At the first stage, "the court makes a preliminary determination whether the employees enumerated in the complaint can be provisionally categorized as similarly situated to the named plaintiff." Symczyk, 656 F.3d at 192. "Similarly situated" is not defined by statute, but our court of appeals recently outlined the level of proof required at this stage: a "modest factual showing' that the proposed recipients of opt-in notices are similarly situated." Id. at 192-93 (citation omitted). Under this standard, "a plaintiff must produce some evidence, beyond pure speculation, of a factual nexus between the manner in which the employer's alleged policy affected her and the manner in which it affected other employees." Id. at 193 (citation and quotation marks omitted). See Zavala, 691 F.3d at 536 n.4 ("The Second Circuit has described this initial step as "determin[ing] whether similarly situated' plaintiffs do in fact exist....") (quoting Myers v. Hertz Corp., 624 F.3d 537, 555 (2d Cir. 2010)) (alteration and emphasis in original).

"If the plaintiff carries her burden at this threshold stage, the court will conditionally certify' the collective action for the purposes of notice and pretrial discovery." Id. However, this "conditional certification' is not really a certification of a class under the statute at all, " but "[r]ather, it is only an exercise of the district court's discretionary power, upheld in Hoffmann-La Roche, Inc. to facilitate the sending of notice to potential class members.'" Zavala, 691 F.3d at 536 (quoting Symczyk 656 F.3d at 194).[3] See Symczyk, 656 F.3d at 193 n.5 (noting that "[district] courts retain broad discretion in determining whether to conditionally certify' a collective action"). Indeed, "certification" at the notice stage "is neither necessary nor sufficient for the existence of a representative action under [the] FLSA, '" Symczyk, 656 F.3d at 194 (quoting Myers, 624 F.3d at 555 n.10), "but may be a useful case management' tool for district courts to employ in appropriate cases, '" Myers, 624 F.3d at 555 n.10 (quoting Hoffmann-La Roche Inc., 493 U.S. at 169, 174). Nevertheless, in such cases, a court following this approach will ultimately turn to the second step of this process "[a]fter discovery and with the benefit of a much thicker record than it had at the notice stage." Symczyk, 656 F.3d at 193 (citation and quotation marks omitted).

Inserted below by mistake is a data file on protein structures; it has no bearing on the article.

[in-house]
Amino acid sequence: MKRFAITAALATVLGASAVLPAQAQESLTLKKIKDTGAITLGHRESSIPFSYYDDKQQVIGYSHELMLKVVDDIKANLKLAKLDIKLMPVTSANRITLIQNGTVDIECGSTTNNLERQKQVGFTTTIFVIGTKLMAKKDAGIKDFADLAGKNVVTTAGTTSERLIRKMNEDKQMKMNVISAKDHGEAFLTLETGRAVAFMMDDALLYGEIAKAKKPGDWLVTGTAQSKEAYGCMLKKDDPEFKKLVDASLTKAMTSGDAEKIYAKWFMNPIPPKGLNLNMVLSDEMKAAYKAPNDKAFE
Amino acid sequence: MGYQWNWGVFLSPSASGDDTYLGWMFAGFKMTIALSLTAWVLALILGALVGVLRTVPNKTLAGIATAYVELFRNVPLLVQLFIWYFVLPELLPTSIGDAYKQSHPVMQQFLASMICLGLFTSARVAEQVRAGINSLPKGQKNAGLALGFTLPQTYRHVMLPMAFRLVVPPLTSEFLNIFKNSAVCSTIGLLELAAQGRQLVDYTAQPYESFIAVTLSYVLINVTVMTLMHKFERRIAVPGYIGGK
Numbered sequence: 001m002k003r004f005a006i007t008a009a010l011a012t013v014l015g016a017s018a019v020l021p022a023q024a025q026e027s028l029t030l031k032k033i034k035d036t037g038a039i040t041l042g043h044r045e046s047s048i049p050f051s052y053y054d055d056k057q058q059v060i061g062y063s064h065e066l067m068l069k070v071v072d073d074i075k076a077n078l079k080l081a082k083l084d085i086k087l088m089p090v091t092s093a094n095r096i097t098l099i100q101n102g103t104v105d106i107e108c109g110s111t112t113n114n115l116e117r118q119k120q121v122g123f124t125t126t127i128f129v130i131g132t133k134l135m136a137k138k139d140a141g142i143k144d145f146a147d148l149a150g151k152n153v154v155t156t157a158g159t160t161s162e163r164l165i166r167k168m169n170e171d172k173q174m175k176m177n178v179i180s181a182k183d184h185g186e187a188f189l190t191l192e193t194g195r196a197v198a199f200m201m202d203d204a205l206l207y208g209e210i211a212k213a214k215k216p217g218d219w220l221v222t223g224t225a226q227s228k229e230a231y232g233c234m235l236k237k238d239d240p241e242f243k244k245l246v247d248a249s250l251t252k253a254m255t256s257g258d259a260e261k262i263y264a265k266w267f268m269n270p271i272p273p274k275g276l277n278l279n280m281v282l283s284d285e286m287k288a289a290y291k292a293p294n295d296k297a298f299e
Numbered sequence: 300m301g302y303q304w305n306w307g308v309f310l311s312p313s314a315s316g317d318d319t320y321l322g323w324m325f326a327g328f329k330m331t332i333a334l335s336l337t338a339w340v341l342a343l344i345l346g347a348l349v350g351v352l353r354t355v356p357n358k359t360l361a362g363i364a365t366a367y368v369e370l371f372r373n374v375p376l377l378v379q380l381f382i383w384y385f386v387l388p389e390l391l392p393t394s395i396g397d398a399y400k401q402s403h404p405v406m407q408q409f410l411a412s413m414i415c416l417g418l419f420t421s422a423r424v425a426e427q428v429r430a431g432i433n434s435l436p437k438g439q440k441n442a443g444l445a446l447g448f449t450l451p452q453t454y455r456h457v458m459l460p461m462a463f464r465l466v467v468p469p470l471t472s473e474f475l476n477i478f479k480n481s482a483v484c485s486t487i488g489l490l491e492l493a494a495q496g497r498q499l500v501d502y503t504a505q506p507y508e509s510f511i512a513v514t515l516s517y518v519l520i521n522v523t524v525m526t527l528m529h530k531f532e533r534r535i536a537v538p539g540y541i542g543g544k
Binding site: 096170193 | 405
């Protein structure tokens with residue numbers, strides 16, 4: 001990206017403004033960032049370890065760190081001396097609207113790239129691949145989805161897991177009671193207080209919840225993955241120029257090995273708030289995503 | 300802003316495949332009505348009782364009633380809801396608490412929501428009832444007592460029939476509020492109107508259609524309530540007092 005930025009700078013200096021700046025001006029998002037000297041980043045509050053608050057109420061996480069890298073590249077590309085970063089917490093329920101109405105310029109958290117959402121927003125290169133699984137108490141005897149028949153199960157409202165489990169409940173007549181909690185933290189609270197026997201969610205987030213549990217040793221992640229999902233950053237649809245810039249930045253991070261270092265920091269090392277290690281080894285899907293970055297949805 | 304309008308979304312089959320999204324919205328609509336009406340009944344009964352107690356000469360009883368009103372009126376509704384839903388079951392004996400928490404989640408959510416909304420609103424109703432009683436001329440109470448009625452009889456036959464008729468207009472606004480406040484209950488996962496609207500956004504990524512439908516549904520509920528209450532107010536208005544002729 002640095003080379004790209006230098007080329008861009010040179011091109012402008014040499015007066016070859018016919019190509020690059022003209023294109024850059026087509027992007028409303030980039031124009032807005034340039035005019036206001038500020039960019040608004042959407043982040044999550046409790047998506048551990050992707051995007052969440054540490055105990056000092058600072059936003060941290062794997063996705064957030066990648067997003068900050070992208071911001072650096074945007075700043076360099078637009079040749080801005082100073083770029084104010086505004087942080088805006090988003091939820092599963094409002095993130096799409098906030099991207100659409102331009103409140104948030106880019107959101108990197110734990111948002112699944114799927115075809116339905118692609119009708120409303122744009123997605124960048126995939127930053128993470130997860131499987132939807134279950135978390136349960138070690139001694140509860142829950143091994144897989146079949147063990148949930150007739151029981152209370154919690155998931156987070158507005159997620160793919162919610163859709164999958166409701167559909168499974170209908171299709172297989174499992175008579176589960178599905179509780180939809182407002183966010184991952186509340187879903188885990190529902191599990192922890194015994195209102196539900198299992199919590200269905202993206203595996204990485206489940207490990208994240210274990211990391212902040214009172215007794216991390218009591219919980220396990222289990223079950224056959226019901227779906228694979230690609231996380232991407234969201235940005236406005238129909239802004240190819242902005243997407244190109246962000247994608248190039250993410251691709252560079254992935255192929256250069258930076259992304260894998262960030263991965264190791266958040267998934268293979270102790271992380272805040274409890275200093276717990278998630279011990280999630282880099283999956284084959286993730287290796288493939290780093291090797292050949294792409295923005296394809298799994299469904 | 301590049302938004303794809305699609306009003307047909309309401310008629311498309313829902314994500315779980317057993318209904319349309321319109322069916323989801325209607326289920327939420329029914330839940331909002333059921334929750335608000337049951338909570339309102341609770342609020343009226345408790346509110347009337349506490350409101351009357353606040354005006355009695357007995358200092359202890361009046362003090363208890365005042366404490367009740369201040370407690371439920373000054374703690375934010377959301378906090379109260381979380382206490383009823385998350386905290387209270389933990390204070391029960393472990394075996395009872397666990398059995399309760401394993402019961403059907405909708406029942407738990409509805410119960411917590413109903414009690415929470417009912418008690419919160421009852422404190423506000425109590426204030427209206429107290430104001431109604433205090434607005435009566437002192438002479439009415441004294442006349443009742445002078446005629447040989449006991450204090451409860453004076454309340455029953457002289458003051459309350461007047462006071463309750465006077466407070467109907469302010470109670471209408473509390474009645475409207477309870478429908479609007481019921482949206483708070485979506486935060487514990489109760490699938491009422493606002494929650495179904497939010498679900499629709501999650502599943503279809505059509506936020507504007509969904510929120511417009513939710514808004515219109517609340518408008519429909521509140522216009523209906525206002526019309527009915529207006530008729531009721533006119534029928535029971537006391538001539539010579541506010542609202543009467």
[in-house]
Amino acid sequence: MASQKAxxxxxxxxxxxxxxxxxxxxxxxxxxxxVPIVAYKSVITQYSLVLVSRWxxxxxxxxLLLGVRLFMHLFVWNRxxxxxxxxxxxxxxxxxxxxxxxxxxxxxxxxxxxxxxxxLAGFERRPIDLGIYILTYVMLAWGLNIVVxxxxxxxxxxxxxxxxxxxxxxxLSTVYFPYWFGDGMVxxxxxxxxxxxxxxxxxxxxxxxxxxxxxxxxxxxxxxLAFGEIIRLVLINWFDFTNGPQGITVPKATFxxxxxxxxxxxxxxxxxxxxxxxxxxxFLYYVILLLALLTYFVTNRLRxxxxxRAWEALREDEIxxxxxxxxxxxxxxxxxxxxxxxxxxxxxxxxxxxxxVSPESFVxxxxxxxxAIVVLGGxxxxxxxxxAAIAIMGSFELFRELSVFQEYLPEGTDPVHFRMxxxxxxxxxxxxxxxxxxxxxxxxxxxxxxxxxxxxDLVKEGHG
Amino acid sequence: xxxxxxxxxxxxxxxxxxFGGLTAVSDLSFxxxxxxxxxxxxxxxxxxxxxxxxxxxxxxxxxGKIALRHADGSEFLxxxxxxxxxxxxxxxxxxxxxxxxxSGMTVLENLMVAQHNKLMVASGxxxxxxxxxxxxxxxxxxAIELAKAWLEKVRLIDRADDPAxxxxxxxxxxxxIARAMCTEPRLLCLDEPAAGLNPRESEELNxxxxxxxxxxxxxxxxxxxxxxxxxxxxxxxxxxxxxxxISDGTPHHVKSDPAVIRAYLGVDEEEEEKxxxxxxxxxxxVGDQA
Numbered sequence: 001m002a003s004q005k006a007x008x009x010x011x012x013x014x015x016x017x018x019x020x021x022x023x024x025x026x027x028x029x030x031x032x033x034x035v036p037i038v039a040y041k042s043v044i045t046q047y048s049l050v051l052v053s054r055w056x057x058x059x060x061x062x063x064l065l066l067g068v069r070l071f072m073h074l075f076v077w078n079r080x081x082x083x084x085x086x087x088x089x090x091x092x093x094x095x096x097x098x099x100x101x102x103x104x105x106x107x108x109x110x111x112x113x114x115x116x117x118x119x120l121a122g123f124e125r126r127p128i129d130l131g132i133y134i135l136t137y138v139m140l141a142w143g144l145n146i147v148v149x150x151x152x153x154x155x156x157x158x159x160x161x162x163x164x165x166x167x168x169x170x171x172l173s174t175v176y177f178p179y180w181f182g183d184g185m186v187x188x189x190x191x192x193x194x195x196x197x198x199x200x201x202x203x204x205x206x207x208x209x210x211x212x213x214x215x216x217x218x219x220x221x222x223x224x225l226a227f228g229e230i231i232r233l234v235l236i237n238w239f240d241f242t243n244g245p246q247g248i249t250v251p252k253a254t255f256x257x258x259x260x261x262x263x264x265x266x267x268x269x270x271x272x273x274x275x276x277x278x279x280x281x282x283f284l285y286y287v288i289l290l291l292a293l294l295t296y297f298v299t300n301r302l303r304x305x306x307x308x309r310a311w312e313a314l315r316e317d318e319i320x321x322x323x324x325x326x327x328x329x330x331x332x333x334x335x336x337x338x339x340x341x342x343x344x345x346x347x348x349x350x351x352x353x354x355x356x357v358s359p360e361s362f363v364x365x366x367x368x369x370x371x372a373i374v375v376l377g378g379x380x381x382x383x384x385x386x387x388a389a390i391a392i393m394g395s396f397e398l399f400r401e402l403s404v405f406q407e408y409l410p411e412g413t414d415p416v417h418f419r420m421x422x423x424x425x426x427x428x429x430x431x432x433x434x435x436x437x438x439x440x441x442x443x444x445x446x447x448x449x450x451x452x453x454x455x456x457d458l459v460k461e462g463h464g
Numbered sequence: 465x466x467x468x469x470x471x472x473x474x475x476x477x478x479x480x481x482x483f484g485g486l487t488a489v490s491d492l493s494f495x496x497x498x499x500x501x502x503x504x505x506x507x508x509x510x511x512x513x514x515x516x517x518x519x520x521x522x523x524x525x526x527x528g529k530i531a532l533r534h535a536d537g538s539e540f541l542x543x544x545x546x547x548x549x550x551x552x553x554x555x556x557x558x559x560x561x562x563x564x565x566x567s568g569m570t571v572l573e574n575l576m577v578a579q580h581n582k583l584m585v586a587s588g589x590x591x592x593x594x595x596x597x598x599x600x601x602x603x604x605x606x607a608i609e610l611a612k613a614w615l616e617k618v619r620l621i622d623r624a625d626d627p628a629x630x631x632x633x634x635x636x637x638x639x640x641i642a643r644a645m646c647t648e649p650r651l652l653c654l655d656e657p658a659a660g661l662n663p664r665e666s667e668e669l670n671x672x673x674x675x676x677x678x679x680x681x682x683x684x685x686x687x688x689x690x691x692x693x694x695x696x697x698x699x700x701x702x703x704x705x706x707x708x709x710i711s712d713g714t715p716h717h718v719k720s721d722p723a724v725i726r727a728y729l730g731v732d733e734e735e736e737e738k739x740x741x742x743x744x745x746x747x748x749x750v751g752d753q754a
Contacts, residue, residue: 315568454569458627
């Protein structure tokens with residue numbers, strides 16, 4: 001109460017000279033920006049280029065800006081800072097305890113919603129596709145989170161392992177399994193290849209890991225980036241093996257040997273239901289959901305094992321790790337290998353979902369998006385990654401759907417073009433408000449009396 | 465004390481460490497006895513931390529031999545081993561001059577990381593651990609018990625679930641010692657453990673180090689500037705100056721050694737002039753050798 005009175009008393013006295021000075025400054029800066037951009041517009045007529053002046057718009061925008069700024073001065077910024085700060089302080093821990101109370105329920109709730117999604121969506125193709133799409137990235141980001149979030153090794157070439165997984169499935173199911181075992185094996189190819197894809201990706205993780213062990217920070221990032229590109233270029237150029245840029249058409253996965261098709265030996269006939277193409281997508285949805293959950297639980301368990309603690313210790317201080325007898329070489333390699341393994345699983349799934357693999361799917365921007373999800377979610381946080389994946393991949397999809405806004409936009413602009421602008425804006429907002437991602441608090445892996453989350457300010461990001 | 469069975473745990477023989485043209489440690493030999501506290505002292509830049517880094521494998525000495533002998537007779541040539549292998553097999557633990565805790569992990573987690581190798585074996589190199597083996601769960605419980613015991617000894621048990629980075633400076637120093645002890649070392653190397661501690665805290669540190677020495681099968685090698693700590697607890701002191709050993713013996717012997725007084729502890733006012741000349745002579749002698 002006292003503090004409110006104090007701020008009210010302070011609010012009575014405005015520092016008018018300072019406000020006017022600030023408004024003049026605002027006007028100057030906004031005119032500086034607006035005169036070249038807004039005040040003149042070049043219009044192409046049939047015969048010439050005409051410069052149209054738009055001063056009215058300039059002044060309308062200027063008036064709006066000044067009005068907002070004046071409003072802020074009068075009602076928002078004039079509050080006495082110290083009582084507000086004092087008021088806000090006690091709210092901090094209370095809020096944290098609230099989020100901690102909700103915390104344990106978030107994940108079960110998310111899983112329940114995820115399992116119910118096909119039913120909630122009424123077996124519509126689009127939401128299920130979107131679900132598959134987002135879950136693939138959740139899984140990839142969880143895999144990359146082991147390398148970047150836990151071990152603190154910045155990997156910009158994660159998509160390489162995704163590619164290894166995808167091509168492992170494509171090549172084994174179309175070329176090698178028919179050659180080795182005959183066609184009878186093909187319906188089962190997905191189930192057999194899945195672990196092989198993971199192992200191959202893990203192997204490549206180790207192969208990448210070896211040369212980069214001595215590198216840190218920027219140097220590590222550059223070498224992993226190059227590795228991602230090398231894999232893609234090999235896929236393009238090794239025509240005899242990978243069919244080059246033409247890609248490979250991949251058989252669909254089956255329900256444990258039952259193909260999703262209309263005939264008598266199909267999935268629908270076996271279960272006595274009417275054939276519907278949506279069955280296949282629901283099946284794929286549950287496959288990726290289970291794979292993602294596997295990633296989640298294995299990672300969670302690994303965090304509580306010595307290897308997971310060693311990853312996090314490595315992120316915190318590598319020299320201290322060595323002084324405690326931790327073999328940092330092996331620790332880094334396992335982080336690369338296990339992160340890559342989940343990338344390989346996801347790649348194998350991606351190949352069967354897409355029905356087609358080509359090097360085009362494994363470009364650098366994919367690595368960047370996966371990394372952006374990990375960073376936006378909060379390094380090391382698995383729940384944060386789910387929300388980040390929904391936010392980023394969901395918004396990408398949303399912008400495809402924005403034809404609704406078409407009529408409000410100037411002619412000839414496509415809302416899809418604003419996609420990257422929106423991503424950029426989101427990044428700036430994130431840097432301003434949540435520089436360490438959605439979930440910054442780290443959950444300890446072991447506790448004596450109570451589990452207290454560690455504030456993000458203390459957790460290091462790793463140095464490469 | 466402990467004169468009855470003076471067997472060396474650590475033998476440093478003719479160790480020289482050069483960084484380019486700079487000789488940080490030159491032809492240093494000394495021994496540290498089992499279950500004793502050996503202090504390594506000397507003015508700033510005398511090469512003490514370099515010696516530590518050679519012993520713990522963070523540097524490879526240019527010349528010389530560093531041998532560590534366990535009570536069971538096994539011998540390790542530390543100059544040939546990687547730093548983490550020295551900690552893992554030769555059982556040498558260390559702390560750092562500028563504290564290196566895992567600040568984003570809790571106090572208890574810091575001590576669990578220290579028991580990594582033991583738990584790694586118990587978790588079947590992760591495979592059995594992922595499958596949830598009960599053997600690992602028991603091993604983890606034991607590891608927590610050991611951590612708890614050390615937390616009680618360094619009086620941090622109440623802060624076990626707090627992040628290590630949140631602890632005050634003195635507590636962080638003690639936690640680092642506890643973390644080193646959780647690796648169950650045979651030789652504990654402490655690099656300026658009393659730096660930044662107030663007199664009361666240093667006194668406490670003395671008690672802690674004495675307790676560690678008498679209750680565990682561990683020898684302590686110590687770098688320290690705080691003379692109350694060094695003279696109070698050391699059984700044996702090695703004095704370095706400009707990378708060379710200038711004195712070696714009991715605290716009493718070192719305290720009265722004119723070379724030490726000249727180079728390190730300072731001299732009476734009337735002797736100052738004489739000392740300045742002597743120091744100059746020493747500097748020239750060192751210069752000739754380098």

At stage two, the court will address the merits of the case and "makes a conclusive determination as to whether each plaintiff who has opted in to the collective action is in fact similarly situated to the named plaintiff." Id. (citation omitted). See Zavala, 691 F.3d at 536 (adopting the ad-hoc approach at the final certification stage). "This second stage is less lenient, and the plaintiff bears a heavier burden." Symczyk, 656 F.3d at 193 (citation and quotation marks omitted). To this end, "plaintiffs must satisfy their burden at this second stage by a preponderance of the evidence." Zavala, 691 F.3d at 537. Should plaintiffs meet that level of proof the case may proceed to trial as a collective action. Symczyk, 656 F.3d at 193.

III. Discussion

This motion concerns only the conditional certification stage. Some discovery has occurred during which Moore claims to have "obtain[ed] substantial evidence that [she] and other ABMs are similarly situated." Pl.'s Br. in Support of her Mot. at 4, ECF No. 32. Briefly summarized, Moore claims to have uncovered the following "common evidence" during this phase of the litigation: PNC maintains an across-the-board exemption policy for all ABMs; PNC admits that the job duties and functions of the ABM position are the same at every branch companywide; PNC expects its ABMS to work at least forty hours per week; PNC employs a business model in which the exempt salaried employees are expected to work over forty hours per week while the non-exempt hourly employees are strictly prohibited from working overtime hours without pre-approval by their managers;[4] PNC requires all ABMs to operate within PNC's common retail bank hierarchy, which apparently indicates that the ABM position "falls within the same level of authority as the non-exempt positions of Financial Sales Consultant and Teller"; PNC mandates that all ABMs carry the common educational requirement of a high school diploma or equivalent; PNC posts a common job posting that is used to describe every ABM vacancy; PNC uses detailed companywide policies to ensure that all branches are uniformly operated; and PNC instructs all ABMs to complete mandatory corporate training courses developed by its corporate office. Id. at 8. To Plaintiff Moore, that factual evidence standing alone is sufficient to justify conditional certification.